The first all-electric car (from a major manufacturer) has come to fruition. What has remained for years as just a dream for many environmentally-conscious consumers has now been made a reality by Nissan. The Nissan Leaf, which has a release date of December 2010, is causing quite a stir for excited buyers across the country. Not only does the introduction of this sweet ride symbolize the extinction of paying thousands each year to the gas pumps but Leaf purchasers are also going to be rewarded with many more goodies. As of October, 20,000 anxious consumers have already reserved a Leaf and the bonuses they get with this purchase are plenty!
The first string of extras Leaf purchasers receive are special calls and home visits by Nissan’s corporate planning officials. Once the $99 deposit is made to reserve the vehicle, Leaf owners begin experiencing special treatment by Nissan personnel to make sure the transition from gas powered vehicle to electric powered hot-rod (ok, not really) goes as smoothly as possible. This may sound annoying to some, but most consumers who’ve experienced this perk express that they feel like a ‘chosen one’.
But the Nissan Corporation isn’t the only one trying to influence buyers to go-green. State and federal governments are luring potential purchasers in by offering tax credits and rebates to all Leaf owners: And the dollar amounts on these incentives are NOT small. How much is it? $7,500 from the federal government in the form of a tax credit and a $2,500 cash rebate from state governments. Not too shabby! The fun doesn’t stop there, either. The Energy Department is also throwing their goodies into the campaign by installing home-charging units in every Leaf’s new home – a $3,000 value.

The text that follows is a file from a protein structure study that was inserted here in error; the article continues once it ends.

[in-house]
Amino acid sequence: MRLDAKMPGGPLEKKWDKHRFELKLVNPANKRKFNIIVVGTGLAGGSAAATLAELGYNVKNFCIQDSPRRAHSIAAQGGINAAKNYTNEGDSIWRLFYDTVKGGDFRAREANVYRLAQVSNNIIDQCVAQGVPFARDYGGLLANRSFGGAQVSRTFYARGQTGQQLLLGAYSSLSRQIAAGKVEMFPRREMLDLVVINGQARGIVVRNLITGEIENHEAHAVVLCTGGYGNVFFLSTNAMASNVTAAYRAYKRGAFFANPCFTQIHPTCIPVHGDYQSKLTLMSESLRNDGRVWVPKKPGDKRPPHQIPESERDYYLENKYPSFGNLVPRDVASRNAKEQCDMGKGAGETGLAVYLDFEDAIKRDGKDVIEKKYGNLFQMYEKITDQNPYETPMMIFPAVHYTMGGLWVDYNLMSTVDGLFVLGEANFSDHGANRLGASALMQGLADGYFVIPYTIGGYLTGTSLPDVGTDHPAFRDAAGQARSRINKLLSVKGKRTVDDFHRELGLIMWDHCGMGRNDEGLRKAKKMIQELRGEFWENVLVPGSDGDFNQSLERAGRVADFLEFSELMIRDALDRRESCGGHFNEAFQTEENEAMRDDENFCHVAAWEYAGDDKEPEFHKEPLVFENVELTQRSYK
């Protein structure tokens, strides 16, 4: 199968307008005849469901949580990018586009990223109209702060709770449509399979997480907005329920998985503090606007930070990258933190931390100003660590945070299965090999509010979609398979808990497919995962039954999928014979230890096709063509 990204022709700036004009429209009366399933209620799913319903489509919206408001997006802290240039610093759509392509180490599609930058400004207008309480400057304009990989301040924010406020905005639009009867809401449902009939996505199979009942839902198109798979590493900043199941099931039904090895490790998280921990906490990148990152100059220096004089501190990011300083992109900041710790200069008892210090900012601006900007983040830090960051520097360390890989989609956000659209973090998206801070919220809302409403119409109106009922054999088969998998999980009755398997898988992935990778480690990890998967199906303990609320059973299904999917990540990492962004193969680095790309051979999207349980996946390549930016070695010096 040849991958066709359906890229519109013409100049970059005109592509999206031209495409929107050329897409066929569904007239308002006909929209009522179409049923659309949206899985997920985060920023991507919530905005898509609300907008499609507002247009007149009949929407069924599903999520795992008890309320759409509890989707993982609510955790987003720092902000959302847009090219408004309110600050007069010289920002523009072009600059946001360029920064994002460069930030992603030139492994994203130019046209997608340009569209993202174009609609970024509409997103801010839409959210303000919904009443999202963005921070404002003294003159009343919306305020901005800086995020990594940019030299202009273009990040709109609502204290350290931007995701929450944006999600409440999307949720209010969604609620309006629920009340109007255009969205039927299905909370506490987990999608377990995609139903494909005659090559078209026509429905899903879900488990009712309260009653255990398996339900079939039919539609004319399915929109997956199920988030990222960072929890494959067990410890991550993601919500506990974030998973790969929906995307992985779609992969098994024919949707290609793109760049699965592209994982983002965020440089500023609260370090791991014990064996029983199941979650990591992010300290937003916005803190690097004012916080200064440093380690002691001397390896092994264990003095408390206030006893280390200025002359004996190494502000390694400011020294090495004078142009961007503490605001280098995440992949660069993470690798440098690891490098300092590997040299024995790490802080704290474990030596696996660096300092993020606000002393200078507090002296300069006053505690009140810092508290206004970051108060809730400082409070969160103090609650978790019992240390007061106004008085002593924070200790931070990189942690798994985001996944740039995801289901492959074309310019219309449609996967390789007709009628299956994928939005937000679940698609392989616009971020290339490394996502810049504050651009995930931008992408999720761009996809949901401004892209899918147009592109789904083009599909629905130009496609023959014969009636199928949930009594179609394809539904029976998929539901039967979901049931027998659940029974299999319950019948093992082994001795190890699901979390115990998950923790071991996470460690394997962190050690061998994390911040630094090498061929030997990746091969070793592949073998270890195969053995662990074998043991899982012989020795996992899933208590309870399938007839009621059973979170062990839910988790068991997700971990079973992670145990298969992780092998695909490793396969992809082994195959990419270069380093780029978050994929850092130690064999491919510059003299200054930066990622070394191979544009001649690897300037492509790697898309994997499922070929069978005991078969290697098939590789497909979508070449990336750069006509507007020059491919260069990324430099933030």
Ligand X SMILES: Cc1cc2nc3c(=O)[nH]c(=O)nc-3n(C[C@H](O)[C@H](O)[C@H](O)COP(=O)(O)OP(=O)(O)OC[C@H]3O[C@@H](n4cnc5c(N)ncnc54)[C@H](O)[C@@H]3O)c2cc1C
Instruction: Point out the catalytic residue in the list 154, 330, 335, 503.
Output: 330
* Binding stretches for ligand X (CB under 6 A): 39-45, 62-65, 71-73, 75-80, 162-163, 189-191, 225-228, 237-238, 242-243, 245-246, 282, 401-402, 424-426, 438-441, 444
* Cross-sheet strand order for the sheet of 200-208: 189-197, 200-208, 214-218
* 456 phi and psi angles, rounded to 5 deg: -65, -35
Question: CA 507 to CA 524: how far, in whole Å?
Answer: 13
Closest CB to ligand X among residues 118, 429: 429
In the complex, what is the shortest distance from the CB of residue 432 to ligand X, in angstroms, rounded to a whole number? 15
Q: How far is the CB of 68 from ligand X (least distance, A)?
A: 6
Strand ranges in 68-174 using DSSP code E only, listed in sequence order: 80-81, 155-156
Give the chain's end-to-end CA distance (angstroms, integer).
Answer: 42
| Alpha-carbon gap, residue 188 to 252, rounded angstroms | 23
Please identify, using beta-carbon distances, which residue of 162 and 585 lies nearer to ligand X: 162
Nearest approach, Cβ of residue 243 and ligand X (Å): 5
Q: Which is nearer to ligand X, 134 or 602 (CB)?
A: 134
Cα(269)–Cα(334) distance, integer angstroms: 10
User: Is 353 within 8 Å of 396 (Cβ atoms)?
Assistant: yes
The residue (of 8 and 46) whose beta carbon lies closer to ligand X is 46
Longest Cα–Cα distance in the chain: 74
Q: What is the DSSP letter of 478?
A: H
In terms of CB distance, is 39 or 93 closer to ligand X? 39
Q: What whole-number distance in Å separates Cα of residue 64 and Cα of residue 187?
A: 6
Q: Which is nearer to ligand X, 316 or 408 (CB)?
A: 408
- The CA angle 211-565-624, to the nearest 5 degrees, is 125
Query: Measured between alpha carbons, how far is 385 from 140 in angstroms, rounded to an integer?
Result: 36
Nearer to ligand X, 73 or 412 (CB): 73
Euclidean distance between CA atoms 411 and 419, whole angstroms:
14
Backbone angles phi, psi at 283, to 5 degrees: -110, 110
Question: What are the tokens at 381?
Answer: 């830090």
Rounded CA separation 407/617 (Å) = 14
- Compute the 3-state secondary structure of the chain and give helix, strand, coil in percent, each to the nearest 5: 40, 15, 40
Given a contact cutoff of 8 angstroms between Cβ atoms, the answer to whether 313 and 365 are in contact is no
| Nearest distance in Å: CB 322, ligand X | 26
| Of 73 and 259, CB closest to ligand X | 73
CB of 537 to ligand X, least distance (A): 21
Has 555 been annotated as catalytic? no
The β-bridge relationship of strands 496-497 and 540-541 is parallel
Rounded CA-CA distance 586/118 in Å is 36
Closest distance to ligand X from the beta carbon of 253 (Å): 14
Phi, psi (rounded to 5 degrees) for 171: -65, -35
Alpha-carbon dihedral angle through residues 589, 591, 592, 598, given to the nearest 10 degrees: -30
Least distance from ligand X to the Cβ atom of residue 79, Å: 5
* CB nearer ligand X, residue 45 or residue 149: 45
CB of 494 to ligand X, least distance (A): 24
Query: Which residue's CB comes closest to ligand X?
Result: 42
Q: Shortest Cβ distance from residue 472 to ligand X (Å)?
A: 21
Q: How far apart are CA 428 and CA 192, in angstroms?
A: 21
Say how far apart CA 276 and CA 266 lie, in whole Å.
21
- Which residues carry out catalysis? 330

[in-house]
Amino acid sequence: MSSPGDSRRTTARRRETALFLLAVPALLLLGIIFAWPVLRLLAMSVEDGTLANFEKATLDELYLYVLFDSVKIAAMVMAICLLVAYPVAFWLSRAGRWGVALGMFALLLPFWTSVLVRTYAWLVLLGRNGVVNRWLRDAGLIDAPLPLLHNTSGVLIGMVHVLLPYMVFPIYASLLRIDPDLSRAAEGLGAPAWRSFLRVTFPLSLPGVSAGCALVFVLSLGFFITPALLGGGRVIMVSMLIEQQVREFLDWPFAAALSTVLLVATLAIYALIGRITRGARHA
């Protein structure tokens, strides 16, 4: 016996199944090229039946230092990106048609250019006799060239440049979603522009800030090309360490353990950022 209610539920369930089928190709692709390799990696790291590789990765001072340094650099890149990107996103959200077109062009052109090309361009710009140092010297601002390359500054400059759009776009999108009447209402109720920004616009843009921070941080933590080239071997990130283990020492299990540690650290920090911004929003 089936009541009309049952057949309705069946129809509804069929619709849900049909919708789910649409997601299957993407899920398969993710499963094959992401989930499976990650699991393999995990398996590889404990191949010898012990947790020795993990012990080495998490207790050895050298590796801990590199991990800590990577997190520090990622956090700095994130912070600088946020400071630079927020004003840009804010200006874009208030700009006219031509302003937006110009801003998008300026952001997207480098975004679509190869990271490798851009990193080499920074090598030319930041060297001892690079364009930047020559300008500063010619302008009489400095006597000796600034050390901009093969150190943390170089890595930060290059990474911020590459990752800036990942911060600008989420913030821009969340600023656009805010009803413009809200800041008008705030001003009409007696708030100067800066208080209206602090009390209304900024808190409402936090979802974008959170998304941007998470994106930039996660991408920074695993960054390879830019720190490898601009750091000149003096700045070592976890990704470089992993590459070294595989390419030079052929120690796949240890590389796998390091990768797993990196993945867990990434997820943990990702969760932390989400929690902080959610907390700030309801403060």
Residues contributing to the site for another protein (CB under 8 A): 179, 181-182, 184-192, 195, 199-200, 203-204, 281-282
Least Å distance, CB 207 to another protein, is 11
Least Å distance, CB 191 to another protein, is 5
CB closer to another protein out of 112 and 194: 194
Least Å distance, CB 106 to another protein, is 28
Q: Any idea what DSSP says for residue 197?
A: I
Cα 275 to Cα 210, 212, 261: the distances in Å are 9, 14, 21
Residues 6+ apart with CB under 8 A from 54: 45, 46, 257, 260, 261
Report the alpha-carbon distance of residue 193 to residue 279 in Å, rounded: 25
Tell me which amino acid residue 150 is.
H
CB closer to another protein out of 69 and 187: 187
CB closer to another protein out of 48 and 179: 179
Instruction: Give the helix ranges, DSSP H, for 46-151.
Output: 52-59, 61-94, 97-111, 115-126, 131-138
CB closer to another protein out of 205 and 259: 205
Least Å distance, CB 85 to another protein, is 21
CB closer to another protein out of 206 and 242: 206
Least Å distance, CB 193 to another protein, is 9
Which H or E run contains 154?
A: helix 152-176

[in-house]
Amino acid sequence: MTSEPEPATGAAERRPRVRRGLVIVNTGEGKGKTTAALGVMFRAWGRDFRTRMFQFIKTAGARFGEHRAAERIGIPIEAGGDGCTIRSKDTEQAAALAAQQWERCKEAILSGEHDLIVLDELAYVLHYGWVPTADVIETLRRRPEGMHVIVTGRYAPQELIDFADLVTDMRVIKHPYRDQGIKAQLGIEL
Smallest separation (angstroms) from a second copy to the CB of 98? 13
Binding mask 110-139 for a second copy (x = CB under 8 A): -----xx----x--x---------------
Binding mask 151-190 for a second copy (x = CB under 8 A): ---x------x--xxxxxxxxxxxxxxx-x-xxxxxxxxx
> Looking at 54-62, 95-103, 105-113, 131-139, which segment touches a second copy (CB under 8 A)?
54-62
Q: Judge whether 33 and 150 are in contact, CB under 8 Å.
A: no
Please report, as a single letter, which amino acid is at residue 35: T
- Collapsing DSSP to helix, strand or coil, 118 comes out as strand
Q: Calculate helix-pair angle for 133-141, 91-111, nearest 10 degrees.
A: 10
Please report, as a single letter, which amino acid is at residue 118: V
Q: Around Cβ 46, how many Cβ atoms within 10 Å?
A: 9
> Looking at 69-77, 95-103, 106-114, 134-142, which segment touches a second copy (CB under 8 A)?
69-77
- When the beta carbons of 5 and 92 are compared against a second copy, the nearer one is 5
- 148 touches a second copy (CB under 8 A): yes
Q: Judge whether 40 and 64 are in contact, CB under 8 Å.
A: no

After enjoying the monetary gifting from our government, how about enjoying even more benefits for choosing the Leaf? Some cities are offering free parking for Nissan Leafs only – heck, that would be incentive enough for me to purchase one of these! Other cities are building free public charging stations on freeways to make long distance travel possible and little bit easier. For the record, a fully charged Leaf can travel over 100 miles in city driving conditions (stop and go traffic etc).
Do all these freebies make you want to get your hands on one of these new hot rods? For $32,780, a Nissan Leaf can be all yours, making the Leaf the most affordable electric car to date. And just to give you a comparison point: Tesla Motors, another all electric car manufacturer, sells their premium zero-tailpipe emission machines for the low price of $101,500 each. For that price, I think I’ll stick with functionality over luxury, thank you.
On the electric car front, Nissan has certainly taken the bull by the horns. The early mover strategy is working in Nissan’s favor. With the all-electric car market virtually untapped, Nissan has full range to capture this market segment and develop their brand with these consumers before anyone else. This is similar to Toyota’s approach with Hybrid vehicles, for which they are famous for the Prius model. Many consumers who set out to purchase a hybrid vehicle are swayed towards the Prius because of the early mover advantage Toyota instilled in the model. Hopefully the same becomes true for Nissan as well, since the efforts the company is putting into attracting customers is huge – and so far very well received. Hats off to you, Nissan. This looks good!
Do freebies and extras inspire you to make purchases? Do you think the Nissan Leaf marketing campaign is an effective one?